Tuesday, April 4, 2017

AFS Screening: The Hidden Fortress

The Midnight Ramble's reviews of this year's Auckland Film Society screenings continue with Akira Kurosawa's classic 1958 film Hidden Fortress.

In feudal Japan, the Akizuki clan has suffered a catastrophic defeat to their rivals, the Yamana clan. Two peasants who fought for the clan are trying to get back home when they get roped in by a general who is trying to get the Akizuki princess through enemy territory to safety.

Broad statement about this movie: it is frigging awesome. Second broad statement: Toshiro Mifune is a badass.

This is the first time I have ever seen it, and it is a delight. It's 139 minutes long, but you never feel it. Terrifically paced, with a great sense of tension and comedy, The Hidden Fortress is one of the best action movies I have ever seen. I'm using a lot of hyperbole, but The Hidden Fortress is that good.
As the charismatic General Rokurota Makabe, Toshiro Mifune is on great form. He gets some great scenes , including a horse chase in which he engages in a sword fight with another rider, and a duel with a rival general in front of his entire army. He's so cool and awesome at everything that you wonder how he managed to lose the war.

Misa Uehara plays the princess he has to protect, although she does not really get a lot to do. She has to play mute for a large portion of the runtime, although she does rescue a captured Akizuki girl who has been sold into slavery.

Aside from Mifune, the standout members of the cast are Minoru Chiaki and Kamatari Fujiwara as (respectively) the two peasants Tahei and Matashichi.

The Hidden Fortress is often highlighted as one of the key influences on the original Star Wars (1977), and you can definitely see echoes in the premise, and a few of the characters, but the similarities are fairly broad. The two peasants bear almost no resemblance to the droids -- they are both terrified of getting into scraps, and are always on the look out for get-rich-quick schemes, which inevitably blow up in their faces.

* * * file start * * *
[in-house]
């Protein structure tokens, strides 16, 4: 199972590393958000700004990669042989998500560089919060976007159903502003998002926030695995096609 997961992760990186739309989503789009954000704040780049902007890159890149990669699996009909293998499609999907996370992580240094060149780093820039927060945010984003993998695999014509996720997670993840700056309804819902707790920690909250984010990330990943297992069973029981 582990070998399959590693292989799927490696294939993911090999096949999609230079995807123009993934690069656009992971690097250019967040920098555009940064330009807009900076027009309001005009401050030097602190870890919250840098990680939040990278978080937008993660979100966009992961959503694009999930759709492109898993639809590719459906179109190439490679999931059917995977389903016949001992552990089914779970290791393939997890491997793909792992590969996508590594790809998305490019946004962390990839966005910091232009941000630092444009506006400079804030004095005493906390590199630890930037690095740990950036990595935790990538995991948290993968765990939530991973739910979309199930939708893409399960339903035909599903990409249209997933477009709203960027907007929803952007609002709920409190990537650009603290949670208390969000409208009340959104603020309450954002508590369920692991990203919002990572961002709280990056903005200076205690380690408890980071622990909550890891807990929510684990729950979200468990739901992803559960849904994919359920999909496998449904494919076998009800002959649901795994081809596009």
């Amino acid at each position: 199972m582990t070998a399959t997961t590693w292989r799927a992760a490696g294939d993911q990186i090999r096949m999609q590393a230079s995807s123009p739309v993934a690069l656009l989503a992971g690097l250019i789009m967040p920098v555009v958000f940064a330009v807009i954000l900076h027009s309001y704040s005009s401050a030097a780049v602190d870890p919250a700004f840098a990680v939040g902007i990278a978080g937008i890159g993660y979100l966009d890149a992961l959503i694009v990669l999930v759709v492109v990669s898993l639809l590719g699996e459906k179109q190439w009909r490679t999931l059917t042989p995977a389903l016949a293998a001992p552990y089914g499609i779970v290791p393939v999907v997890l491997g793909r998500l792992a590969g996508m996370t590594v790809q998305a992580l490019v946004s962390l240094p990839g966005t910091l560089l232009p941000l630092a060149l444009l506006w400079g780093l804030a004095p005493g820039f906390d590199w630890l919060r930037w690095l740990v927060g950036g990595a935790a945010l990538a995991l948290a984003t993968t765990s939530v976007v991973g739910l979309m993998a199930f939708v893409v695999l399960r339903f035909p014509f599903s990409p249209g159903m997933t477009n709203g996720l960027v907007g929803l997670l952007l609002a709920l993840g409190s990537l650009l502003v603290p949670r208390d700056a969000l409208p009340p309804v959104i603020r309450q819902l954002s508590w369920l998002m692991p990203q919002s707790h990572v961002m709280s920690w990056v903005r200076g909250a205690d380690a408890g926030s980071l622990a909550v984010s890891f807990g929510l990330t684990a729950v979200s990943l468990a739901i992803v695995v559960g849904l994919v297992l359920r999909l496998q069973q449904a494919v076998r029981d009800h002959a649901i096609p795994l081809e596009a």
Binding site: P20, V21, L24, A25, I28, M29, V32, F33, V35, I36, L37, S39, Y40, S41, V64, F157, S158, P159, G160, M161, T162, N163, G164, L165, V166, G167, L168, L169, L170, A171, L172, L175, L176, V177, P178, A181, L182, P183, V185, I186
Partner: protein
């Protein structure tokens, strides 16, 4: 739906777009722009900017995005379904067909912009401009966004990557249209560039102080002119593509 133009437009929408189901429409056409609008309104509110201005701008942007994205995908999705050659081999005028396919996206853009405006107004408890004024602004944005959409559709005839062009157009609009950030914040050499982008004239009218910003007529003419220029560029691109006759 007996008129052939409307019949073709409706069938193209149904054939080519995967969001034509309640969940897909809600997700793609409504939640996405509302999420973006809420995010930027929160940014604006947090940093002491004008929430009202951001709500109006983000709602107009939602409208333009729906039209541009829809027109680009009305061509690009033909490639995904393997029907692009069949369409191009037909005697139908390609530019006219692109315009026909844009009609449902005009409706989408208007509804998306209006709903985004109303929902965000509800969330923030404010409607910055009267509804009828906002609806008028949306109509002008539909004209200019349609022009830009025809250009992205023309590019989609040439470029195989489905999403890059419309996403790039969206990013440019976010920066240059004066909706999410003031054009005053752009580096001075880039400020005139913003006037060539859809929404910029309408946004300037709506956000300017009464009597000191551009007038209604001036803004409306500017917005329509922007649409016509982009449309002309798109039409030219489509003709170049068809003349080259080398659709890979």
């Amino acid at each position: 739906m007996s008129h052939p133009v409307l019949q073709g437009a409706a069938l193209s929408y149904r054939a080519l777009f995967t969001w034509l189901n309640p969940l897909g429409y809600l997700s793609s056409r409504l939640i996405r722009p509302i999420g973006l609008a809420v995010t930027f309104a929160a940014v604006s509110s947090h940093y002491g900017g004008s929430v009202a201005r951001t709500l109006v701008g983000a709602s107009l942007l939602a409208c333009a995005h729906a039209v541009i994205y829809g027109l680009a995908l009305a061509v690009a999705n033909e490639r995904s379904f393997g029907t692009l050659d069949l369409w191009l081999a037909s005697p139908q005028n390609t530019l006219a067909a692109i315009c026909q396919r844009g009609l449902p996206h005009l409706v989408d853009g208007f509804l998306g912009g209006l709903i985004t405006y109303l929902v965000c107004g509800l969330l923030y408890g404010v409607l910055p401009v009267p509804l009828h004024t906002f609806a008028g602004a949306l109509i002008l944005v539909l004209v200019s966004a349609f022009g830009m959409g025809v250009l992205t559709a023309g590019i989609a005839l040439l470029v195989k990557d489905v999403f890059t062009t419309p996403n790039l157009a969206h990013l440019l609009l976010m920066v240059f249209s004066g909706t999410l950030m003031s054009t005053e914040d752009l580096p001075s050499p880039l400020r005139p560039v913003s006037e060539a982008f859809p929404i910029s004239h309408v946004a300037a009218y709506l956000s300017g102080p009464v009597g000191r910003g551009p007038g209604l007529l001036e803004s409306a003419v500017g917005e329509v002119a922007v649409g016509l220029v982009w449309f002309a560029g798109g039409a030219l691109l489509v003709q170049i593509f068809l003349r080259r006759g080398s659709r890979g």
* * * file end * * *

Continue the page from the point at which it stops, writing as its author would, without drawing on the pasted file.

Having characters like these two as the focal point grounds the drama more than if it had just been about the general and the princess. Their characters are cooler and smarter, but they are not as immediately relatable, and Tahei and Matashichi's plight is the source of the movie's best scenes.

The tone of this movie is very hard to pin down, swinging between slapstick humour and brutal action. Kurosawa's direction is perfectly attuned to keep both of these tones in balance. He manages to juggle broad comedy while never undermining the tenor of the threat the group is under. Even as our peasant heroes stumble into trouble, the humour is always uneasy. The Yamana clan are always at their backs, and Kurosawa puts our ragtag heroes through their paces with a series of unexpected obstacles.

If you've seen it before, watch it again. If you haven't seen it yet, watch it. With its mix of comedy and drama, it is the grandfather of every buddy action movie you can think of.

Previous AFS reviews

Purple Noon (2015)

The Servant 

Eyes Without A Face 

Night of the Demon (2016)

Grand Central

Tales of Hoffman

A New Leaf (2017)

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